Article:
100 companies that matter in DM, WM, CM, KM and BI
Any editor who creates a list of companies for any purpose is asking to be pilloried for both the co- and omissions that occur.
When we decided in February that there was a need to organize the developers, vendors and providers of knowledge management-related products and services, what I most wanted to accomplish is the building of signposts that would point the varied directions and routes developers take to fulfilling their part of the document, work, collaboration and knowledge management and business intelligence reference model that makes up the ever-expanding KM universe.
The 100 Companies Who Matter in KM is just such a (nearly completed) list. It’s not an awards program (but may become one). It’s not a conferring of nobility on a chosen few. It’s a plaque to hang in the company foyer.
Having tried to make that clear, companies who are omitted will sic their press and PR flaks on us to find out why they’re not listed and who they should muscle to force their way in. We’ll undoubtedly have omitted some great companies. So our ear will be tuned to hearing what it is that could qualify them for this list. No list is ever complete.
Likewise, we’ll let readers vote on the companies in each category that they think are the real "winners." These companies will be receiving the Companies Who Matter Readers’ Choice Awards at KMWorld 2000 Conference (Santa Clara, September 13-15). While we haven’t entirely finished the research for this project, it’s certainly fair to tell you what kind of fuzzy logic was applied to selecting companies for the list.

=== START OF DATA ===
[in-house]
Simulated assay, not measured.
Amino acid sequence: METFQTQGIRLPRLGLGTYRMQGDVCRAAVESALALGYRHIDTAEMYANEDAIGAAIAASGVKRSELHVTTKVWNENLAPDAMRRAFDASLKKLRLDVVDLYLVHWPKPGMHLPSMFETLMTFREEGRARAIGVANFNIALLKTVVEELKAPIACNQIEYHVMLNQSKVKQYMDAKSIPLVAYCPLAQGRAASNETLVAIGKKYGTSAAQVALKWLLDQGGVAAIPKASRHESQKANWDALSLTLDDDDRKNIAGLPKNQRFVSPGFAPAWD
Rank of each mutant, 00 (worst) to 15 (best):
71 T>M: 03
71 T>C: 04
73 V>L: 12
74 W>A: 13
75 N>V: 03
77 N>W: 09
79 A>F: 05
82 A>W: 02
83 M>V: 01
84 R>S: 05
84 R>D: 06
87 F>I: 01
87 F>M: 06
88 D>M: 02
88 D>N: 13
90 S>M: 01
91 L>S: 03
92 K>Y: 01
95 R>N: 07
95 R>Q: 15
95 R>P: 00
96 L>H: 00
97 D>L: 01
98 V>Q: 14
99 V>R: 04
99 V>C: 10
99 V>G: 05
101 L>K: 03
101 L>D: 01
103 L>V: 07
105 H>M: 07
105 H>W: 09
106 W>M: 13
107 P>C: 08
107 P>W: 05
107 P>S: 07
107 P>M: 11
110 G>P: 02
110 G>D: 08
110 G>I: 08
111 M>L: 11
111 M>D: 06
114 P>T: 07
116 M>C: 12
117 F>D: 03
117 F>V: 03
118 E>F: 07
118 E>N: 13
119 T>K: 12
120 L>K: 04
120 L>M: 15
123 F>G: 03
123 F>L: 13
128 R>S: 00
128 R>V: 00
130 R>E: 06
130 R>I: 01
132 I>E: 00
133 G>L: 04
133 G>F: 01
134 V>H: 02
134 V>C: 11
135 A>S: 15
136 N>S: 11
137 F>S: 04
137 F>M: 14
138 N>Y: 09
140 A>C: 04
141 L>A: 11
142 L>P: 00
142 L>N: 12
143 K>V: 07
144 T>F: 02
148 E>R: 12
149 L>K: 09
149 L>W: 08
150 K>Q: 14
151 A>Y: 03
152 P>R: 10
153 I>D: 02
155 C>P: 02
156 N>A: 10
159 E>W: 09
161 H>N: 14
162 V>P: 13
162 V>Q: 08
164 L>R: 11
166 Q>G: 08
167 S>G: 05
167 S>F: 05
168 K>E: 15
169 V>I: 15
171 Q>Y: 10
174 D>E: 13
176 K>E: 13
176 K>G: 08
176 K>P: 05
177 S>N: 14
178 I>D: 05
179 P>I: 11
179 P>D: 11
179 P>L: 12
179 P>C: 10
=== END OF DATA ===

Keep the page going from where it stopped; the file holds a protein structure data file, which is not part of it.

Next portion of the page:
Our criteria is as follows: First, the company should exhibit the qualities that we consider to be (a) market makers, (b) solutions technology makers, (c) solutions service makers (d) infrastructure technology makers.
Makers in this sense are those developers, vendors and service providers who are positioned to influence markets in the way rudders, flaps or trim tabs on boats or planes influence the direction of the entire craft.
A "maker" may not be the best marketer or innovator, but may, because of sheer mass, have inordinate influence over technology adoption and market penetration.
However, in some cases, it may truly be that the "maker" has leading-edge technology or market savvy.
We’re releasing the list now in advance of a series of articles on these companies beginning in the July-August KMWorld print and .com, the special pre-Conference & Expo issue. Here we’ll detail how these companies fit in the KM universe model; how their technologies and strategies point the way in both vertical and horizontal solutions.
We’ll explain the relevance of each company to users and markets. In some cases this may relate to a customer-experience posture. In others it could relate to the leverage customers can get from unique technology. In a number of cases, as stated earlier, it will simply be by critical mass and velocity. Finally, a number of designations to the list will reflect business and technology combinations and integrations that result in powerful networks and solutions. One thing is certain, however, our eye will always be on the customer.